Ooh, that does sound awfully violent, doesn't it? But wait.

"Wait 'til you hear this! Every time you kill a Pack Leader - and when I say 'kill', I'm talking virtuality, not reality, okay? In MegaRace, nobody actually dies. It just looks and feels like it (and that makes you feel a whole lot better about yourself, now doesn't it?!) - every time you kill a leader, you not only score big time, you also win some major bonus prizes. His personal music CD and his customized car are both yours!"

Edit him out! Edit him OUT!

So assured that you're not actually killing anyone... Oh just wait a second, look I'm sorry but I can't let this go. It's a game, right? No one at any point thought that MegRace, no matter how revolutionary the graphics were at the time, was a live video feed of a real life car crashing race in which you remotely controlled the Enforcer's car. So of COURSE the death was pretend! Why in the name of crikey did they feel the need to hammer this point so damned hard? Right, I'll move on, I promise.

Because for all MegaRace's dramatic presentation, the game's terribleness was spectacular. The most important thing to know was that at no point do you really race a car. In fact, amazingly, the track is an unstoppable pre-rendered FMV playing in the background. Your vehicle is projected onto it, only capable of sliding from side to side. Occasionally the FMV slows down or speeds up to create the illusion of changing speed, but it's hilariously clear it's an illusion.

It's brilliantly dreadful in every imaginable way. One aspect shouted at you by Boyle at the start is the Thrillometer. This is a gauge on your dashboard that informs you how thrilling your race is for the TV show's viewing audience. You mustn't let it drop into the grey you're told. If it drops in the grey, the audience gets bored, ratings go down. Except it makes absolutely no difference whatsoever. It doesn't affect the race, your progress, your score - nothing. Never mind that it would be utterly impossible to perform any act in the game that could ever be considered as thrilling by even the most sedentary slug-human hybrid.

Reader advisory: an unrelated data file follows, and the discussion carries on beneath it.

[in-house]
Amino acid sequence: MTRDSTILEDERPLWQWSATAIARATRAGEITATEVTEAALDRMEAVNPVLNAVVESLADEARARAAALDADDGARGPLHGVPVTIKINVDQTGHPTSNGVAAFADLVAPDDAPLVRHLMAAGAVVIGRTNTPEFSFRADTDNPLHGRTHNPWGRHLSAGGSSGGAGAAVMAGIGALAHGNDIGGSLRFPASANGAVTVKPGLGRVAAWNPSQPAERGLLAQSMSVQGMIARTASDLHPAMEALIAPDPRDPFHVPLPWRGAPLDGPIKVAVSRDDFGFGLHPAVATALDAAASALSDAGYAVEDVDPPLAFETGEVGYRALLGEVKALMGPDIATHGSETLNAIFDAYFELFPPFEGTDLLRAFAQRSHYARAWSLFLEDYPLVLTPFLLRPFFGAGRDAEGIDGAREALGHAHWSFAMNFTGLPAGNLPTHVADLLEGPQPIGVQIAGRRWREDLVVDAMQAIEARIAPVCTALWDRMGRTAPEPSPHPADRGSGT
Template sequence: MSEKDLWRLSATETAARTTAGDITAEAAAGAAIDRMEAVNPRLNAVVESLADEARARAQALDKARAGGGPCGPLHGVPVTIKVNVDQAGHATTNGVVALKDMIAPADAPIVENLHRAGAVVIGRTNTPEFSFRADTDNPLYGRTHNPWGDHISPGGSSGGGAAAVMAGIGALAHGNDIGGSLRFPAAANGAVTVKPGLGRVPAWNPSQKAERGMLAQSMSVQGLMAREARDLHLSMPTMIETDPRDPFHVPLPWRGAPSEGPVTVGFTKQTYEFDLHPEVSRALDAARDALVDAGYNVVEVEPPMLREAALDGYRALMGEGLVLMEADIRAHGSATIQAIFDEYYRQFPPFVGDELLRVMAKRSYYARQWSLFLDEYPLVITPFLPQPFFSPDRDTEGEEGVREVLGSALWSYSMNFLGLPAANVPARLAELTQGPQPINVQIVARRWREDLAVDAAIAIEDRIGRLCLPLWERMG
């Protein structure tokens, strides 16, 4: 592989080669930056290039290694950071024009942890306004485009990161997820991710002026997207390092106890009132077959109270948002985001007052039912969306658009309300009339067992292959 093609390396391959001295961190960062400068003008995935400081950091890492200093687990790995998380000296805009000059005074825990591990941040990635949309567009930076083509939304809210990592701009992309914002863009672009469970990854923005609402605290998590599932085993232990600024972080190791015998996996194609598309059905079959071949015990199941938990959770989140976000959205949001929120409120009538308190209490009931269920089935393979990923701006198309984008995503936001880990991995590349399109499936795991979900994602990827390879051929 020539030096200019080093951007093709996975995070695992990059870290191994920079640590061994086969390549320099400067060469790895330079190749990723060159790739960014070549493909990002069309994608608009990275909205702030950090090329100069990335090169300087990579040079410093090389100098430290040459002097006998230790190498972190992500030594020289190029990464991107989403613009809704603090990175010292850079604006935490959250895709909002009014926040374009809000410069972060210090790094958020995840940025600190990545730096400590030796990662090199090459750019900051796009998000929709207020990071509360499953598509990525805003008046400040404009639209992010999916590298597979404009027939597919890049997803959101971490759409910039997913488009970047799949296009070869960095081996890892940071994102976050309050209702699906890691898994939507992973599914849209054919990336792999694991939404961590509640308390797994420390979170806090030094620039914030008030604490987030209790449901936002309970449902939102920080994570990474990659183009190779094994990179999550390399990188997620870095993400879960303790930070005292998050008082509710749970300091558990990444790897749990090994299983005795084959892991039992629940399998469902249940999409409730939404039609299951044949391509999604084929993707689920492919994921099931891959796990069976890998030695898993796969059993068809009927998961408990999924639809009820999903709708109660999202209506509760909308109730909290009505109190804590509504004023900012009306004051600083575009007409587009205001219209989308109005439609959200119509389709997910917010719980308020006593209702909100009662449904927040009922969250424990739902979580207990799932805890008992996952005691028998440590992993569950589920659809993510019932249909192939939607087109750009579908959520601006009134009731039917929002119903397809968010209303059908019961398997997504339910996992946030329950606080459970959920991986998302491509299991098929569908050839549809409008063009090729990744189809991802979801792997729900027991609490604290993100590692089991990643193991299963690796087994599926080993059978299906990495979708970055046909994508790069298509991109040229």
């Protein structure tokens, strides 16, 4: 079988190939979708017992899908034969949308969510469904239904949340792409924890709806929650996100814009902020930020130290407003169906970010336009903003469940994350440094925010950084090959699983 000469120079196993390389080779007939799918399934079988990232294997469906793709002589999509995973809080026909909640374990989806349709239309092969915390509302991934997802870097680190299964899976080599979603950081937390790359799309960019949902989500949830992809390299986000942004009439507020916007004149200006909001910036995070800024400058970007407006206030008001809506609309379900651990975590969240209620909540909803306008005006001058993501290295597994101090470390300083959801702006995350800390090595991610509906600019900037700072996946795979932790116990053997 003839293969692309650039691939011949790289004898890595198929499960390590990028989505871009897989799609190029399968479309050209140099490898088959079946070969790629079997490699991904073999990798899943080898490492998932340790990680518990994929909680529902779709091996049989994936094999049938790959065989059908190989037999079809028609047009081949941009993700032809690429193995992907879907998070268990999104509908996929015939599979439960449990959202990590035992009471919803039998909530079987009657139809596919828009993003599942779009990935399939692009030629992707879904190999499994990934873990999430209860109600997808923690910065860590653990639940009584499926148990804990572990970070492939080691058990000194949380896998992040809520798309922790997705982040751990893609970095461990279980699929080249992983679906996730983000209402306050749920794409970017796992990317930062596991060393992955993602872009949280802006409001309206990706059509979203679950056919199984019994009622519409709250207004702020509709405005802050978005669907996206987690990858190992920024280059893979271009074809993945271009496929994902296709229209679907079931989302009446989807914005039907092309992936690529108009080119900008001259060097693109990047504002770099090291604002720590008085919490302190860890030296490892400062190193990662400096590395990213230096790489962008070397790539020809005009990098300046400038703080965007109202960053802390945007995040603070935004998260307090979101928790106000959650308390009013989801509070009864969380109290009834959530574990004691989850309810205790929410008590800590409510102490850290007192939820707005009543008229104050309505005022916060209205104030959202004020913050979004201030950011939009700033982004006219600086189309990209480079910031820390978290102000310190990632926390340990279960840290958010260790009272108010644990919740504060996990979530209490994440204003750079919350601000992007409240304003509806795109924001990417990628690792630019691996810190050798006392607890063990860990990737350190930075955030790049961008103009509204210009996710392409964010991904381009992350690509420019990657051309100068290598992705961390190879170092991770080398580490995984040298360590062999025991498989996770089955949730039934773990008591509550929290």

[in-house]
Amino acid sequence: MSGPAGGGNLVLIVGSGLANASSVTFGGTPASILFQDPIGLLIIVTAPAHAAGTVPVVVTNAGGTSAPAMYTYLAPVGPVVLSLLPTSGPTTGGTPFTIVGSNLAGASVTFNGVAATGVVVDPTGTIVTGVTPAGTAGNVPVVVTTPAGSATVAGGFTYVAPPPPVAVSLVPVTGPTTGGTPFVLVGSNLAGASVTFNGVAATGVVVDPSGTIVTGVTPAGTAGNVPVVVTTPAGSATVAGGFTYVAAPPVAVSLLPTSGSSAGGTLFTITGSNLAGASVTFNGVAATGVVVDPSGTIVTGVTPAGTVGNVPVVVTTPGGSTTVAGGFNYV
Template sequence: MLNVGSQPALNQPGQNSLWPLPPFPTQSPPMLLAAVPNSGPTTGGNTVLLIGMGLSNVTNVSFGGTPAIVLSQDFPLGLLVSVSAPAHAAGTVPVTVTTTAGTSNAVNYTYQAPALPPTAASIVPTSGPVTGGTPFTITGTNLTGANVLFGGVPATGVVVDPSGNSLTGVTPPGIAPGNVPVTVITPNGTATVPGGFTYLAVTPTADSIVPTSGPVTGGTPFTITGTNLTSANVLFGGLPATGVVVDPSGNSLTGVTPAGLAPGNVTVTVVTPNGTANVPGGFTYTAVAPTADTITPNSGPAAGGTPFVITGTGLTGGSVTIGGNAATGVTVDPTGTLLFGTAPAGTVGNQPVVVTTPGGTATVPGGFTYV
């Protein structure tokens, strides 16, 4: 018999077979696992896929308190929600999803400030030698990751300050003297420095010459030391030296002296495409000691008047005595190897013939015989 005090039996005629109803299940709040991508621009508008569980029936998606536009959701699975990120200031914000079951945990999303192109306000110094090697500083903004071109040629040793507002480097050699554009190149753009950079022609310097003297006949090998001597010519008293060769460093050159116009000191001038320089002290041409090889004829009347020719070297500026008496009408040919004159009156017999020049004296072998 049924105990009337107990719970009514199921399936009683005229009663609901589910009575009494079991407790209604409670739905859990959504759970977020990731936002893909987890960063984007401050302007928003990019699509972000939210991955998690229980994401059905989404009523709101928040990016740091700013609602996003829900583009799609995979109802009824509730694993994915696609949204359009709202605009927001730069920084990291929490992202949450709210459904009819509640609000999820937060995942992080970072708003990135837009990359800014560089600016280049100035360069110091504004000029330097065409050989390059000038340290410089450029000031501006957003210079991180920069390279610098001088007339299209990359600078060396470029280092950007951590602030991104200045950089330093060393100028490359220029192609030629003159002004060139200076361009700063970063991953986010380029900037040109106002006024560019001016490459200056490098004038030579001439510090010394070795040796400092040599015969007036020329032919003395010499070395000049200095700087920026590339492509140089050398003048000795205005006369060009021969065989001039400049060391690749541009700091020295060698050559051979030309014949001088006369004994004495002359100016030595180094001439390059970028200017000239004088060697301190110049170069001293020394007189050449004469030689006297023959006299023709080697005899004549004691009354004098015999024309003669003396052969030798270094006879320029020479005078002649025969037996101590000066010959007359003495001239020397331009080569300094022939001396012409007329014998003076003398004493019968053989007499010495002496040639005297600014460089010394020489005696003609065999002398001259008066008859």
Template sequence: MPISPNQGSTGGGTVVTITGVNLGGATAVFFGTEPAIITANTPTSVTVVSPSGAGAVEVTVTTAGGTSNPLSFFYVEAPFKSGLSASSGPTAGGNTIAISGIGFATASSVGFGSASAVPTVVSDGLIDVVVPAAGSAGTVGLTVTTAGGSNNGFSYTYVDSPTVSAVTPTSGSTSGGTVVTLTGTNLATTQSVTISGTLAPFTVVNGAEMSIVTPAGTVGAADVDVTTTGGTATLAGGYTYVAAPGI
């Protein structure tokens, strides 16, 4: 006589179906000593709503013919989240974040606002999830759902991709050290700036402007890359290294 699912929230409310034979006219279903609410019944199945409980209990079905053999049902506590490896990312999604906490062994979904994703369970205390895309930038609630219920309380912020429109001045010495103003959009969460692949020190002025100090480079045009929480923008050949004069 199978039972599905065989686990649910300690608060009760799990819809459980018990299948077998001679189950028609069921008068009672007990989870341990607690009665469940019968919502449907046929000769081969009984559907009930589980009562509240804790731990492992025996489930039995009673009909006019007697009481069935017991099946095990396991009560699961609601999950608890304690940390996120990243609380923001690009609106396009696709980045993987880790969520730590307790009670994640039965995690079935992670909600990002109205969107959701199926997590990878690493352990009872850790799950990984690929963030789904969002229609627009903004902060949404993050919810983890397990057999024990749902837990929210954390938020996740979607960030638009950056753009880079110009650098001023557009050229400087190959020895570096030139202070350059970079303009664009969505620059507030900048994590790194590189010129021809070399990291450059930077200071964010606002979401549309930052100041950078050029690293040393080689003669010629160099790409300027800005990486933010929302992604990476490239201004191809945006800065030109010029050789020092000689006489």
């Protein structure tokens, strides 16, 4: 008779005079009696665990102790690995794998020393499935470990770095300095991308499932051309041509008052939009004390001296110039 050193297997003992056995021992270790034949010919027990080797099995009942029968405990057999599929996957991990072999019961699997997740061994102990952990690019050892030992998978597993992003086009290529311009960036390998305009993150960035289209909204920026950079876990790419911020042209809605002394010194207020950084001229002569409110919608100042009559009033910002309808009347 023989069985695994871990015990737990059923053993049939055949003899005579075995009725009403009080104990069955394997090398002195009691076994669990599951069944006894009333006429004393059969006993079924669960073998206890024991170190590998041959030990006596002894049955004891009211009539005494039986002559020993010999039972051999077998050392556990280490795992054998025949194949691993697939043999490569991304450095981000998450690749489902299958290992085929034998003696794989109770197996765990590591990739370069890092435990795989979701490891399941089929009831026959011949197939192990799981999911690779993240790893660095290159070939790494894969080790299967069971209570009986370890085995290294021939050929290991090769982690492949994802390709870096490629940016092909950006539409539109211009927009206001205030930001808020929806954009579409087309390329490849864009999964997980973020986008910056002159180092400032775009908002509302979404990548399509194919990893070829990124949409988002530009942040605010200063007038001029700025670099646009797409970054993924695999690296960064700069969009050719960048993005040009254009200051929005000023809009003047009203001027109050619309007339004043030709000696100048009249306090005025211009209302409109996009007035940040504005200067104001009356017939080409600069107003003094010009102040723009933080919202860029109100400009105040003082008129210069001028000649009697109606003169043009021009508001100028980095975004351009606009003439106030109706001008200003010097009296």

Wait, is this a video game or a film of a REAL RACE?!

It's not fair to mock it for how poor it looks now. But it's interesting to note how bonkers our brains were back then, when we'd stare open-mouthed at the extraordinary depiction of a city. We could see regular cities, right? And they weren't made of jagged blocks, right? Just checking. So you know when you stare in amazement at Far Cry 2's incredible vistas? We're not going to believe we thought that was ever possible in a few years time.

It's worth buying to experience. I swear it. The complete absence of any sensation of being a car, the dreadful collision detection, the absolute lack of any notion of real driving, and of course the finger-chewingly awful Lance Boyle. (I wish no disrespect to Christian Erickson - I'm quite certain none of this is his fault.) MegaRace is unquestionably one of the most dreadful games ever made, and deserves to be heralded for this. It's a novelty piece, a mutant foetus in a museum of medical oddities. Also, you get the slightly less dreadful MegaRace 2 in the deal!